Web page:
How to Use INDEX/MATCH in Excel to Give Copy & Paste a Rest
SEO professionals, social media strategists, and site analysts alike can sympathize with the struggle of unordered data lists. Despite the promise and allure of “all-in-one” data aggregators, many multivariable data reports require the use of multiple tools and websites in conjunction.
But when exporting data, all sorting mechanisms are not created equally. Some may be sorted alphabetically, by relevance, or by some arbitrary value A or B. When you throw in the fact that many reports omit data rows with insignificant or invalid data, even Excel’s robust data sorting function can’t make differing data sets align. That’s where INDEX/MATCH comes in. INDEX/MATCH can dynamically search and order values from disparate sorting systems, saving you the hassle of manually copying and pasting cell data points one. At. A. Time.
It’s time to banish that particular productivity sucker. Let’s learn how to INDEX/MATCH.*
*Fans of the much more popular VLOOKUP Excel function will be quick to jump up and defend it as being easier to use, but as you’ll see, INDEX/MATCH has some unique perks that VLOOKUP doesn’t—perks that make its slightly lengthier equation much less intimidating.
When to Use an INDEX/MATCH Function
Step 1 requires us to first back up and ask: what does an unordered list look like, and why is it so annoying? Take the following example.
Here we have a list of tracked pie search keywords for a fictional, Oregon-based pie company: “Portland’s Tart Land.” Then, through Google AdWord’s Keyword Planner, we generated monthly search volume data for the same keywords.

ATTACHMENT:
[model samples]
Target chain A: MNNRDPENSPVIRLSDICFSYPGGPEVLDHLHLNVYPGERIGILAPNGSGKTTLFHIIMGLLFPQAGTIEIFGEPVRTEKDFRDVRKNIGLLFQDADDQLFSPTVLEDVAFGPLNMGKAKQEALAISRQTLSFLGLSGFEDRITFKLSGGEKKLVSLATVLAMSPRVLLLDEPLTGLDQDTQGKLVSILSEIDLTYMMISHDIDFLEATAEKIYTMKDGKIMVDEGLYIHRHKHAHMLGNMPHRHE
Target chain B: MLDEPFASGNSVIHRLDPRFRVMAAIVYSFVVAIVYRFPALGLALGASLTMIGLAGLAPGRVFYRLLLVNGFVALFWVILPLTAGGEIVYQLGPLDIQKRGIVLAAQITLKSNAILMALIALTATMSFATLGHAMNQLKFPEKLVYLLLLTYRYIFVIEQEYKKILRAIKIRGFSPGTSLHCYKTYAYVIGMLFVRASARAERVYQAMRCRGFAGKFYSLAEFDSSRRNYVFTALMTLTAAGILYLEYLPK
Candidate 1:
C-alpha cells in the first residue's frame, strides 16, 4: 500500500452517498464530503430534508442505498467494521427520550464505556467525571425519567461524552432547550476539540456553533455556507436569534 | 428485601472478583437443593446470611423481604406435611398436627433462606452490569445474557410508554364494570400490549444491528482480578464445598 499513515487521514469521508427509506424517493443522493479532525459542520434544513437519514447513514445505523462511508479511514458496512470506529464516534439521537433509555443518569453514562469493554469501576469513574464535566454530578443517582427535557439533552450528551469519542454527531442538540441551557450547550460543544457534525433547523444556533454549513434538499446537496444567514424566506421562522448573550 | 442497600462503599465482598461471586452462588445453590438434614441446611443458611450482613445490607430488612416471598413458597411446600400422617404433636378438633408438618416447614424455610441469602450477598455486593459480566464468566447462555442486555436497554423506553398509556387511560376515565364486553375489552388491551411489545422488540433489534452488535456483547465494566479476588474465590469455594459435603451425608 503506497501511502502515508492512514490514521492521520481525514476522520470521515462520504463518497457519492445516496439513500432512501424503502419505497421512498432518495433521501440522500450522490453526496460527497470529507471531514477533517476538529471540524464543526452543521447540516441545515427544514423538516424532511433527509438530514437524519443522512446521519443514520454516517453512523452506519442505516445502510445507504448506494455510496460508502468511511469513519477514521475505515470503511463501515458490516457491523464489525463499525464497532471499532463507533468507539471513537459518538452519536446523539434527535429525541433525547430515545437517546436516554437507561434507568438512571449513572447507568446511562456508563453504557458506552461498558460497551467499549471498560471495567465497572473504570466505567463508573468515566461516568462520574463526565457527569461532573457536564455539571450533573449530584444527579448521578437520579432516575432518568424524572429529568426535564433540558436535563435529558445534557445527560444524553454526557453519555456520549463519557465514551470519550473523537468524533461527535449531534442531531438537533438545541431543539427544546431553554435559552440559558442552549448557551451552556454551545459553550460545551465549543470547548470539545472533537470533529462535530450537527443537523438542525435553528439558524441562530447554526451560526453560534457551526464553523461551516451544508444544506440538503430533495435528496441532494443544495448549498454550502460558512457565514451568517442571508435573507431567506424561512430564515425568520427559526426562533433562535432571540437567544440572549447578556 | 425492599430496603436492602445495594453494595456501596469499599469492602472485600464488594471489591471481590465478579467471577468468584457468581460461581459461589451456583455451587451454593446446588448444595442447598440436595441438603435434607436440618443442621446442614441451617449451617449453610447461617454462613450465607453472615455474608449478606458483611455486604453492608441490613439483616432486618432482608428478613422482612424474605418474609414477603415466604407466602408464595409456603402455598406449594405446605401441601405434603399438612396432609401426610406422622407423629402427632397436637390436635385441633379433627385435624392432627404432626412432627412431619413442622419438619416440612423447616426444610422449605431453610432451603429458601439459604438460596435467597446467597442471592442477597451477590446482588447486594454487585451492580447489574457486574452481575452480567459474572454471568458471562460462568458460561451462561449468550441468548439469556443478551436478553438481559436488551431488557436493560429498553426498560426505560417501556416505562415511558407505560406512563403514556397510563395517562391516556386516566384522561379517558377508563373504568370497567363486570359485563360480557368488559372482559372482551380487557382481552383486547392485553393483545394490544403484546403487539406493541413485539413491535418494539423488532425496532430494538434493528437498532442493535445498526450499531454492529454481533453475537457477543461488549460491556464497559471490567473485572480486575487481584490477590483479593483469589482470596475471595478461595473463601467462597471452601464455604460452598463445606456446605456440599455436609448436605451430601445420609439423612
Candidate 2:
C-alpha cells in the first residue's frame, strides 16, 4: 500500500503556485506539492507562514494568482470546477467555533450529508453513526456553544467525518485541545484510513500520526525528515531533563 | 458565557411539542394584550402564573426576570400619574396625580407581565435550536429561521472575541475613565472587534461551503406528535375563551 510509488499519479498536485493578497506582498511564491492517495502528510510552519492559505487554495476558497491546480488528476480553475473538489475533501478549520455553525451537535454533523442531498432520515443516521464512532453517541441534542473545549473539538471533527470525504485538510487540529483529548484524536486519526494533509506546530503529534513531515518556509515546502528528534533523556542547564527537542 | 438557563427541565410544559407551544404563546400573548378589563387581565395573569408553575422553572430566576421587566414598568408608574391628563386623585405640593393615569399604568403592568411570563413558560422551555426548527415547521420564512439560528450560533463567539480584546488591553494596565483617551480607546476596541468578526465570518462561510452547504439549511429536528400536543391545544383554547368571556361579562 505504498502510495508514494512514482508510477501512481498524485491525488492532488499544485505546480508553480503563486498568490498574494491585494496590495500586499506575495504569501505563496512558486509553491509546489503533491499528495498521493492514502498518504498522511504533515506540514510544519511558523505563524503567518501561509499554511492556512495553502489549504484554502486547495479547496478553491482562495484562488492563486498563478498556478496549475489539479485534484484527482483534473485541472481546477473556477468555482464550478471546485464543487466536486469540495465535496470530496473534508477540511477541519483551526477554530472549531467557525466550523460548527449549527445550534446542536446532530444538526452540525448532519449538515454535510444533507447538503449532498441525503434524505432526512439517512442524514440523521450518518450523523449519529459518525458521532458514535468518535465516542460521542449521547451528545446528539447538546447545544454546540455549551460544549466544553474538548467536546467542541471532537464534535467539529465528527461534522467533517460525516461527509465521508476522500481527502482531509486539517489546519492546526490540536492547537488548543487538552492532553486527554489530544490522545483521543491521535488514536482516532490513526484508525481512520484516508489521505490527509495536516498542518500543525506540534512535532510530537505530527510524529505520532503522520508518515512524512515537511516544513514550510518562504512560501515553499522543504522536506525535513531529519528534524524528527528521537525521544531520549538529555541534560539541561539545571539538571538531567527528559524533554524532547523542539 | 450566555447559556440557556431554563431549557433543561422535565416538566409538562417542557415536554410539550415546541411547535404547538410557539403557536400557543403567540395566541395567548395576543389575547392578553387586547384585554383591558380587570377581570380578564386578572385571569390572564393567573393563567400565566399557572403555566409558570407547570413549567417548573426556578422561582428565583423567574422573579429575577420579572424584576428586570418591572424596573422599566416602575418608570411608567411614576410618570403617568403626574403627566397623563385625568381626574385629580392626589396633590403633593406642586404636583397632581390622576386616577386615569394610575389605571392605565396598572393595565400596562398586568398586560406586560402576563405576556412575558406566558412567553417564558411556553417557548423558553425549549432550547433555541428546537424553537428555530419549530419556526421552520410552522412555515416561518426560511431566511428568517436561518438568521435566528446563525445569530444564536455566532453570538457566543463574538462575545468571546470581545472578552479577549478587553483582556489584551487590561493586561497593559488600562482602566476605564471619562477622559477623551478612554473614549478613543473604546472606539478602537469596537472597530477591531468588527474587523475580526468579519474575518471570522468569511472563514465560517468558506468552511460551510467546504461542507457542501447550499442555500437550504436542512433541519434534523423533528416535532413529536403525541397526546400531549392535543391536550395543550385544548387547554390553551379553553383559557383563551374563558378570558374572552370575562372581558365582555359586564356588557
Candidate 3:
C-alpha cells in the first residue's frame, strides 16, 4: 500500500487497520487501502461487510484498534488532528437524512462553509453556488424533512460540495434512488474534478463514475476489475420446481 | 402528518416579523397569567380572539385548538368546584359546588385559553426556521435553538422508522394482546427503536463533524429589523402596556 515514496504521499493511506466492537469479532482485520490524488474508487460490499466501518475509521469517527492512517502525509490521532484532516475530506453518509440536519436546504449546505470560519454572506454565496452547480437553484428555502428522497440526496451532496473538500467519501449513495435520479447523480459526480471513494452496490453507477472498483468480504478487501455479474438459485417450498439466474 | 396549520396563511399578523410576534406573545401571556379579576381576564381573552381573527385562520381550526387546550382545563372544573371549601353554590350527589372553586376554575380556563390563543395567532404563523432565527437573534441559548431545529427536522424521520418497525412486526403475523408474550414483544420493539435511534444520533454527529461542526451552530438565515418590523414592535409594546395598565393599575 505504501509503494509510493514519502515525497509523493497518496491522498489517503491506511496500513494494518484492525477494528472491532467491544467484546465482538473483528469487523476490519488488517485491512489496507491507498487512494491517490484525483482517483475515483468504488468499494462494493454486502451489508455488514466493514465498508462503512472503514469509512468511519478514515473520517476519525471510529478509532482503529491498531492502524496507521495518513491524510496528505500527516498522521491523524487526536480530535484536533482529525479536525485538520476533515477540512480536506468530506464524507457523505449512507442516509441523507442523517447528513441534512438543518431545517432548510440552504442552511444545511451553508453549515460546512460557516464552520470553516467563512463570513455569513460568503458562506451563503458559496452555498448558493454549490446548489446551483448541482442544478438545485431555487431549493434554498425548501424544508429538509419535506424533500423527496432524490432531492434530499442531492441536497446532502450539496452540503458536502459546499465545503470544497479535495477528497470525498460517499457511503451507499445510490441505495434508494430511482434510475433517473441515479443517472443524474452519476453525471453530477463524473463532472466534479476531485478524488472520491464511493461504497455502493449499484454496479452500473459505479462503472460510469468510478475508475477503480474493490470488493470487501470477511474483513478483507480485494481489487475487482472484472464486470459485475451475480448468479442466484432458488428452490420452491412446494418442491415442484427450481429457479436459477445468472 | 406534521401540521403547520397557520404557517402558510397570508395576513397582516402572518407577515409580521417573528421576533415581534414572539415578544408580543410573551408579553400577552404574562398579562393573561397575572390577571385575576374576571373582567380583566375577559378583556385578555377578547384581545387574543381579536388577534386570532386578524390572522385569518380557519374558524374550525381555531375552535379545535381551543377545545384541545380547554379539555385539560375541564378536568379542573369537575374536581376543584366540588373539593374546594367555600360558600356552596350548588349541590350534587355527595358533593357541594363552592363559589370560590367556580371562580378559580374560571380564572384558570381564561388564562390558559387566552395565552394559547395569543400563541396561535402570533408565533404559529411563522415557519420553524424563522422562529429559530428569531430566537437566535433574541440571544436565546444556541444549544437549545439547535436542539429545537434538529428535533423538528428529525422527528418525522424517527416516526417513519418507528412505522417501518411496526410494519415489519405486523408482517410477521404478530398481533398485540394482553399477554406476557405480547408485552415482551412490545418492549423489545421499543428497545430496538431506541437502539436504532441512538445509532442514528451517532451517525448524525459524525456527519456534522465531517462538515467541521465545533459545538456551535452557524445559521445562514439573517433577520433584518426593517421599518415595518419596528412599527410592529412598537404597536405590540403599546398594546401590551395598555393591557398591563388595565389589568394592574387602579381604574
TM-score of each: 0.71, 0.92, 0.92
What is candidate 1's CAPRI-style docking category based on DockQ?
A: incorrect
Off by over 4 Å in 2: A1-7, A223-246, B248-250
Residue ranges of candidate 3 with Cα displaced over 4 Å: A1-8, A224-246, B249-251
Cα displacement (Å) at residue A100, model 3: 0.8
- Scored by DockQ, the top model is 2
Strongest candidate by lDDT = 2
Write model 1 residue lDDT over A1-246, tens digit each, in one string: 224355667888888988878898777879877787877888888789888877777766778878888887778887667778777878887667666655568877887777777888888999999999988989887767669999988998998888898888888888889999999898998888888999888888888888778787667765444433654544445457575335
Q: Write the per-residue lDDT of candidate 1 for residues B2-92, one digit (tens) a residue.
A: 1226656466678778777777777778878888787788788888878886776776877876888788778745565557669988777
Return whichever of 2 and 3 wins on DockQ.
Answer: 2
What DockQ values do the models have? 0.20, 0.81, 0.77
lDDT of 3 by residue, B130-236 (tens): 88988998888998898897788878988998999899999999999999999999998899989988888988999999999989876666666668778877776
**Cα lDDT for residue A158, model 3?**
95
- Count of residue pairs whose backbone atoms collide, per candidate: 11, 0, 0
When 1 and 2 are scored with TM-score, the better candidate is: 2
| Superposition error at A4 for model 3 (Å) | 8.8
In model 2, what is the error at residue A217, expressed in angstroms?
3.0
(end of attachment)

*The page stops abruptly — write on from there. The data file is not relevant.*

The problem, as alluded to earlier, is that while AdWords provides a neat ordering of keywords from highest to lowest value, the ranking data doesn’t have an intuitive ordering. The non-alphabetic ordering of AdWords’ 3 keywords with little-to-no search volume only complicates things further.
Since we want to prominently feature rankings in our client report to Portland’s Tart Land, our gut reaction would be to manually copy and paste the search volume data from each cell in Column B into Column G. However, even in a reasonable list of 14 keywords, this could become a tedious time sink very quickly—just imagine doing it with 300 keywords.
Thankfully, using INDEX/MATCH in Column G will make sorting a breeze. And while VLOOKUP is unable to search columns to the left of it, INDEX/MATCH will be able to search Column B without trouble. Let’s look at the function itself.
How to Set Up an INDEX/MATCH Function
Whether this looks confusing to you or not, understanding INDEX/MATCH really is quite simple. The unformatted equation takes this form:
Let’s break down what each of these colored values means, and how we got the variables we did in the screenshot above.
indexed-columns – In this variable of the equation, select the entire span of columns (or rows; INDEX/MATCH can tackle both dimensions of data, unlike VLOOKUP, which is column-restricted). Since we wanted to search through Google AdWord’s Keyword column and get the data from its Search Volume column, our index consisted of columns A:B.
cell-to-look-for – This variable tells the function what value or term it will be looking for in the indexed area you chose. In column G2, we want to get the search volume data for “pie,” which is in cell E2.